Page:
With jokes of emasculated men and religion, “The Whole Ten
Yards” is a clump of just about every bad stereotype.
Director Howard Deutch seems to be familiar with sequels: On his
resume are “The Odd Couple II” and “Grumpier Old
Men,” both sub-par sequels. And now, with his direction of
“The Whole Nine Yards” sequel, Deutch has secured his
niche as a sequel director.

Film Reviews
This is not the proper way to give the Heimlich manuever. (Courtesy of Warner Bros.)

In this all too similar continuation of “The Whole Nine
Yards,” Oz (Matthew Perry) re-teams with Jimmy (Bruce Willis)
to rescue his wife from the clutches of the Gogolak gang. What Oz
does not know is that he is simply a pawn in the humdrum plot. The
ending is predictable, as writer Mitchelle Kapner (“The Whole
Nine Yards”) repeats the same plot twists and exaggerates the
character’s faults to no end. Perry’s physical comedy
is over the top — how many doors can a person run into? Perry
and Willis might as well be starring in “dumb and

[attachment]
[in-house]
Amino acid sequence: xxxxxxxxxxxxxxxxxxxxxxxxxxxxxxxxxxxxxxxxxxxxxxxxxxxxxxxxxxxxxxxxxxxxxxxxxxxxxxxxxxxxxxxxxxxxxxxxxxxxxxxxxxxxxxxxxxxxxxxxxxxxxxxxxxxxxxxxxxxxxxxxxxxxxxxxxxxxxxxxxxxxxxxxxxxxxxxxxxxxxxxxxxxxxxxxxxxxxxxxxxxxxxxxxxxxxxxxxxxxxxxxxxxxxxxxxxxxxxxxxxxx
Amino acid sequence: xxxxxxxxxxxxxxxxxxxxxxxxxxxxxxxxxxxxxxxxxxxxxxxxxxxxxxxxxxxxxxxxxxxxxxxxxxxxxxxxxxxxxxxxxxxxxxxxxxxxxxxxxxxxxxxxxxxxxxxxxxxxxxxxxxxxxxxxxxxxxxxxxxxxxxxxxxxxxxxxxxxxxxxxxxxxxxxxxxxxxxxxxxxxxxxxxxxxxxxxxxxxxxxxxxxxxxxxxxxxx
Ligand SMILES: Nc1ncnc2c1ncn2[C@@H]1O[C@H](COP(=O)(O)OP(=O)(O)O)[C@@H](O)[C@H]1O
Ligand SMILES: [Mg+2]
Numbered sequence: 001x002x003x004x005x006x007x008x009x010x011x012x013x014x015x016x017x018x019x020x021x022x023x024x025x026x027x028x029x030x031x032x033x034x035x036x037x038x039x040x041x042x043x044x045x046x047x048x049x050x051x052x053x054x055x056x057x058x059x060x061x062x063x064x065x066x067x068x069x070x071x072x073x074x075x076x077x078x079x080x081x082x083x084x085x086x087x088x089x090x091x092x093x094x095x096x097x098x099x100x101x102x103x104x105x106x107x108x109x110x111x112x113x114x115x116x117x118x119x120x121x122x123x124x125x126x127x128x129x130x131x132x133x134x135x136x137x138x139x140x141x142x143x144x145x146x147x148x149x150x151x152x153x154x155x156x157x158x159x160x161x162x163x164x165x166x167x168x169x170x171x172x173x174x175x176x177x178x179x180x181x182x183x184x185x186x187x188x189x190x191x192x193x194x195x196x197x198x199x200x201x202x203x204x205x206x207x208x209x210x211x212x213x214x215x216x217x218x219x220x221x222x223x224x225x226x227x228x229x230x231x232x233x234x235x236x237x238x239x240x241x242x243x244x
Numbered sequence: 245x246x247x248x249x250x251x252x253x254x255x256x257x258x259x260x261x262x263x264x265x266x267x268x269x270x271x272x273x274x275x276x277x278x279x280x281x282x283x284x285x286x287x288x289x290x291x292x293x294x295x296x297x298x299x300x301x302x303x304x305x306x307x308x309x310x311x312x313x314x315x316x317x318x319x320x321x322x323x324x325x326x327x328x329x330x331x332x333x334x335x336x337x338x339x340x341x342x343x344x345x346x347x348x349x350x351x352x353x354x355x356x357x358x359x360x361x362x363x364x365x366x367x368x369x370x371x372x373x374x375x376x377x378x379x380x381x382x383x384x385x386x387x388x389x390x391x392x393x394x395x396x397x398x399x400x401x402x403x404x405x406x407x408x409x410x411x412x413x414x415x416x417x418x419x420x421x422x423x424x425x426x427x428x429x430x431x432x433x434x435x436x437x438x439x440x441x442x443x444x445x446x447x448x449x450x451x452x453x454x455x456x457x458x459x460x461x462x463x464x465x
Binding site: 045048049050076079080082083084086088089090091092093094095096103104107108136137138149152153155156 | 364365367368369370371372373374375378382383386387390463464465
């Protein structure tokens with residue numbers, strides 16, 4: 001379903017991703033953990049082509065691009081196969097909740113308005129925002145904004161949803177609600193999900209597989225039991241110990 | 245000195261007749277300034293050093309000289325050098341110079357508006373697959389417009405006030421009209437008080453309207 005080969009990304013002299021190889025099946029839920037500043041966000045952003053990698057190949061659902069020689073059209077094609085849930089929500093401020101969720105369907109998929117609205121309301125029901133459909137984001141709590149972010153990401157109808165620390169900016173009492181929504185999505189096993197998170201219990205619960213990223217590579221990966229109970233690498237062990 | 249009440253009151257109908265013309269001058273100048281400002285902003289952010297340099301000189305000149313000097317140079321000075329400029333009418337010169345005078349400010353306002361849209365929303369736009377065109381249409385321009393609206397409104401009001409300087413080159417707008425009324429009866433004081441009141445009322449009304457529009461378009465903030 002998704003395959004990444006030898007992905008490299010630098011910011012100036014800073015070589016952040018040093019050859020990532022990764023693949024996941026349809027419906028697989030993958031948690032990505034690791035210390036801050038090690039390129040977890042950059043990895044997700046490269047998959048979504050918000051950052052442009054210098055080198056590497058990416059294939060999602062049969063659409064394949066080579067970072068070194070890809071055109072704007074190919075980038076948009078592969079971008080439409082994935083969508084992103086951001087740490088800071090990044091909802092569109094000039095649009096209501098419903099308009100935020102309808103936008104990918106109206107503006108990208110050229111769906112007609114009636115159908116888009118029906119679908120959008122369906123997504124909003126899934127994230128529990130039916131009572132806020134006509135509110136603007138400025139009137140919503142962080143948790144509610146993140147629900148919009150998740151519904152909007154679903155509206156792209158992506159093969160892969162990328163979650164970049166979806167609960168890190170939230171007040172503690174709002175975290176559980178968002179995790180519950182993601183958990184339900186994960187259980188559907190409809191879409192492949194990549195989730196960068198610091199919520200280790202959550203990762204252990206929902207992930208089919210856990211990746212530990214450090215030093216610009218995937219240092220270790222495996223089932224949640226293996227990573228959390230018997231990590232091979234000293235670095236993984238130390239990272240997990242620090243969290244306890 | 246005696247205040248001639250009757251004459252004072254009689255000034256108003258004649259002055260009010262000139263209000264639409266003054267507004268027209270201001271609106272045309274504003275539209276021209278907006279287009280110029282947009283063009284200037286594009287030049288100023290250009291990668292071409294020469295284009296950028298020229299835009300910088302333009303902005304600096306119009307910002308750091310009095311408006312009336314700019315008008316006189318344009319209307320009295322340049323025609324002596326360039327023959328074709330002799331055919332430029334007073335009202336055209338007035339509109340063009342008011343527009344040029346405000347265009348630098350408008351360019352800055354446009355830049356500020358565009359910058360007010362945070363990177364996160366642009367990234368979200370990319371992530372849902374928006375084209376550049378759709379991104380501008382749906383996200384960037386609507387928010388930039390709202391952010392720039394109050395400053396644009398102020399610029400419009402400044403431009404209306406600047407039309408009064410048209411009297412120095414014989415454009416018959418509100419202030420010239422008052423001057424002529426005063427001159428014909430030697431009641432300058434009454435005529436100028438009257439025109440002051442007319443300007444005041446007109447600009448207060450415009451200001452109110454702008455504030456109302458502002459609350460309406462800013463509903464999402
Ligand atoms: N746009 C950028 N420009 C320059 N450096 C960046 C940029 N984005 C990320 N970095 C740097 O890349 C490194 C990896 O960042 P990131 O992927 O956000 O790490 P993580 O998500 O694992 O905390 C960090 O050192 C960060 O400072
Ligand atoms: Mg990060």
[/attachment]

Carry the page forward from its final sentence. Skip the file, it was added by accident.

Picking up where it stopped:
dumber” as they relentlessly continue to embarrass
themselves. All dolled up in an apron and hankerchief, Jimmy
scarily resembles Lucille Ball. A bunny slipper clad Jimmy
“The Tulip Tadeski” is far from his hit man days
cooking and cleaning.

All the characters in the film are eccentric, but it is only
Jimmy and Oz that are too extreme to earn any laughs. The quirky
personalities of Lazlo Gogalak (Kevin Pollack, “The Usual
Suspects”) and Jill (Amanda Peet, “Saving
Silverman”) however, are entertaining and funny. Pollack, as
the recently released mob boss Gogolak, steals every scene
he’s in with a slurred accent and a cynical evil laugh that
backs his fearsome threat “you’re a second from
dead.” Peet as the gun-toting Mrs. Tudeski makes comedy look
effortless as she tries to seduce Oz. Her eagerness for killing is
unfitting but amusing all the same. Despite good or bad acting, all
the characters that Kapner has developed make anyone’s life
look normal.

Supporting the zany characters is a colorful backdrop of Mexico
and a fitting score that is reminiscent of the 1950s. But the
setting and soundtrack flail underneath the repetitive plot and
numerous pratfalls. This movie doesn’t go the “Whole
Ten Yards,” failing even to go the “Whole

Rating: 2 out of 5 stars.

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